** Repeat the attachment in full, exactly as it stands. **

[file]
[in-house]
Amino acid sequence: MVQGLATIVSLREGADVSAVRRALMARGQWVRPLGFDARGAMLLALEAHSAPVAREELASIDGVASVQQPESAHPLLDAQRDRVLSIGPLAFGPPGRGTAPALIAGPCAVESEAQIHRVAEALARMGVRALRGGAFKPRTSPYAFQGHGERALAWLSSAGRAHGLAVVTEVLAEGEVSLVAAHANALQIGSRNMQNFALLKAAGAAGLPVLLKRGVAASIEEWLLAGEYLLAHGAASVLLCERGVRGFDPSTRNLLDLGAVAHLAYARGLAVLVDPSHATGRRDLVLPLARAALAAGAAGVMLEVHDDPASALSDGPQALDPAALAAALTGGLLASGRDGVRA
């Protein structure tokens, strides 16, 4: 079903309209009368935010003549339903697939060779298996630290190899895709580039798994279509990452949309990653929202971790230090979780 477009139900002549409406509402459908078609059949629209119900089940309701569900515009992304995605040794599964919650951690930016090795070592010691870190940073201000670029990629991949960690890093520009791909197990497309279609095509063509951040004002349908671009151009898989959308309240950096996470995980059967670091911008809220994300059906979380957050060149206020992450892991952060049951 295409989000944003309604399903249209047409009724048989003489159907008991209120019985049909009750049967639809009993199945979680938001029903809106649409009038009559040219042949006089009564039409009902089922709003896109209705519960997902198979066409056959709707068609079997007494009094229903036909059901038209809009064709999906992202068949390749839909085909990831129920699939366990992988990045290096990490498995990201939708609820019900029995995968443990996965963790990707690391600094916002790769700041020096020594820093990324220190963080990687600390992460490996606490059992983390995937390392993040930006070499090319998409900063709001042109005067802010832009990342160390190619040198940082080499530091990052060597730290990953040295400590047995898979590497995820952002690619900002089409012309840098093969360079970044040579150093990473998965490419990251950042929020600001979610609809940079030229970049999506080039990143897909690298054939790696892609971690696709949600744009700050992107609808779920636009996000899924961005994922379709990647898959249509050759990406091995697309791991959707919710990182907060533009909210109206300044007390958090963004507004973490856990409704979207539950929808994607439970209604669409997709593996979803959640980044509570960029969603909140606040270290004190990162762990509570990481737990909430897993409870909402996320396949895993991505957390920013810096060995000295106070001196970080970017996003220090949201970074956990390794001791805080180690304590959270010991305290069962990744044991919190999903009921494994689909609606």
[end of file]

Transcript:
[in-house]
Amino acid sequence: MVQGLATIVSLREGADVSAVRRALMARGQWVRPLGFDARGAMLLALEAHSAPVAREELASIDGVASVQQPESAHPLLDAQRDRVLSIGPLAFGPPGRGTAPALIAGPCAVESEAQIHRVAEALARMGVRALRGGAFKPRTSPYAFQGHGERALAWLSSAGRAHGLAVVTEVLAEGEVSLVAAHANALQIGSRNMQNFALLKAAGAAGLPVLLKRGVAASIEEWLLAGEYLLAHGAASVLLCERGVRGFDPSTRNLLDLGAVAHLAYARGLAVLVDPSHATGRRDLVLPLARAALAAGAAGVMLEVHDDPASALSDGPQALDPAALAAALTGGLLASGRDGVRA
């Protein structure tokens, strides 16, 4: 079903309209009368935010003549339903697939060779298996630290190899895709580039798994279509990452949309990653929202971790230090979780 477009139900002549409406509402459908078609059949629209119900089940309701569900515009992304995605040794599964919650951690930016090795070592010691870190940073201000670029990629991949960690890093520009791909197990497309279609095509063509951040004002349908671009151009898989959308309240950096996470995980059967670091911008809220994300059906979380957050060149206020992450892991952060049951 295409989000944003309604399903249209047409009724048989003489159907008991209120019985049909009750049967639809009993199945979680938001029903809106649409009038009559040219042949006089009564039409009902089922709003896109209705519960997902198979066409056959709707068609079997007494009094229903036909059901038209809009064709999906992202068949390749839909085909990831129920699939366990992988990045290096990490498995990201939708609820019900029995995968443990996965963790990707690391600094916002790769700041020096020594820093990324220190963080990687600390992460490996606490059992983390995937390392993040930006070499090319998409900063709001042109005067802010832009990342160390190619040198940082080499530091990052060597730290990953040295400590047995898979590497995820952002690619900002089409012309840098093969360079970044040579150093990473998965490419990251950042929020600001979610609809940079030229970049999506080039990143897909690298054939790696892609971690696709949600744009700050992107609808779920636009996000899924961005994922379709990647898959249509050759990406091995697309791991959707919710990182907060533009909210109206300044007390958090963004507004973490856990409704979207539950929808994607439970209604669409997709593996979803959640980044509570960029969603909140606040270290004190990162762990509570990481737990909430897993409870909402996320396949895993991505957390920013810096060995000295106070001196970080970017996003220090949201970074956990390794001791805080180690304590959270010991305290069962990744044991919190999903009921494994689909609606």